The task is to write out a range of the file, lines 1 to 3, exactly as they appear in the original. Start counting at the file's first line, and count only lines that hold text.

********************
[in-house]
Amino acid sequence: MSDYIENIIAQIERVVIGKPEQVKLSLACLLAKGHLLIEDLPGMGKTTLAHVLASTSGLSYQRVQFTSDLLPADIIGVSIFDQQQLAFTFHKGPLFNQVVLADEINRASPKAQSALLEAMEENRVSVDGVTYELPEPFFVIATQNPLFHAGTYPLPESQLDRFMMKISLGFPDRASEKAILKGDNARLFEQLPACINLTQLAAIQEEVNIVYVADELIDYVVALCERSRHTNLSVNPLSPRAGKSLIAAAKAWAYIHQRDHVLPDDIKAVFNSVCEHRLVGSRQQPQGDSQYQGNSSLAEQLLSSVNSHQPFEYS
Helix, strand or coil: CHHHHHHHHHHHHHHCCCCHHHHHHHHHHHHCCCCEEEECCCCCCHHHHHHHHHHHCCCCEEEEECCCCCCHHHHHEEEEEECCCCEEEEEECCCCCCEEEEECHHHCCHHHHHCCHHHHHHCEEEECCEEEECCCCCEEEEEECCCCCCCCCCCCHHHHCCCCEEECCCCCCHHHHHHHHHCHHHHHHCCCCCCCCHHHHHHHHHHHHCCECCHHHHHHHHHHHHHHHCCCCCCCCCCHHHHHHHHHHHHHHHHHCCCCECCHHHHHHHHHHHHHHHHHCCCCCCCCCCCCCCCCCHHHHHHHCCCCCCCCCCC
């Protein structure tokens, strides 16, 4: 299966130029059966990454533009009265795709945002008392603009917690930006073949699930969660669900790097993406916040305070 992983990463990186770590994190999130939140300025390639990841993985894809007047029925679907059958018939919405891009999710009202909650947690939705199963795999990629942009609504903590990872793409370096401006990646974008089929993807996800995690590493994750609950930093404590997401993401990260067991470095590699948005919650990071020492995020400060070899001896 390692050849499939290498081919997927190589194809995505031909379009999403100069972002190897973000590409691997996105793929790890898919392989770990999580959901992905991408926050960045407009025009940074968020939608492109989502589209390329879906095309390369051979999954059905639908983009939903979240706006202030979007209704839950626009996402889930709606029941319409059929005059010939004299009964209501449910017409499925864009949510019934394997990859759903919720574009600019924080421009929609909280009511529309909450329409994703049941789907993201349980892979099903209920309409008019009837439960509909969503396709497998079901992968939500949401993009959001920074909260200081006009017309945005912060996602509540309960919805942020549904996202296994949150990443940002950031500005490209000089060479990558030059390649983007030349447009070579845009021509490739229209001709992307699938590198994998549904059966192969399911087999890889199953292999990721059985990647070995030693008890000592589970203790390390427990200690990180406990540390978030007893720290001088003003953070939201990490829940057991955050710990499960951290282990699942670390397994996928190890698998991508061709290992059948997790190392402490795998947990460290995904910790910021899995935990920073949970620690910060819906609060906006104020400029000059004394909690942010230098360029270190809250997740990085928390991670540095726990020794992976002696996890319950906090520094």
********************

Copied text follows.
[in-house]
Amino acid sequence: MSDYIENIIAQIERVVIGKPEQVKLSLACLLAKGHLLIEDLPGMGKTTLAHVLASTSGLSYQRVQFTSDLLPADIIGVSIFDQQQLAFTFHKGPLFNQVVLADEINRASPKAQSALLEAMEENRVSVDGVTYELPEPFFVIATQNPLFHAGTYPLPESQLDRFMMKISLGFPDRASEKAILKGDNARLFEQLPACINLTQLAAIQEEVNIVYVADELIDYVVALCERSRHTNLSVNPLSPRAGKSLIAAAKAWAYIHQRDHVLPDDIKAVFNSVCEHRLVGSRQQPQGDSQYQGNSSLAEQLLSSVNSHQPFEYS
Helix, strand or coil: CHHHHHHHHHHHHHHCCCCHHHHHHHHHHHHCCCCEEEECCCCCCHHHHHHHHHHHCCCCEEEEECCCCCCHHHHHEEEEEECCCCEEEEEECCCCCCEEEEECHHHCCHHHHHCCHHHHHHCEEEECCEEEECCCCCEEEEEECCCCCCCCCCCCHHHHCCCCEEECCCCCCHHHHHHHHHCHHHHHHCCCCCCCCHHHHHHHHHHHHCCECCHHHHHHHHHHHHHHHCCCCCCCCCCHHHHHHHHHHHHHHHHHCCCCECCHHHHHHHHHHHHHHHHHCCCCCCCCCCCCCCCCCHHHHHHHCCCCCCCCCCC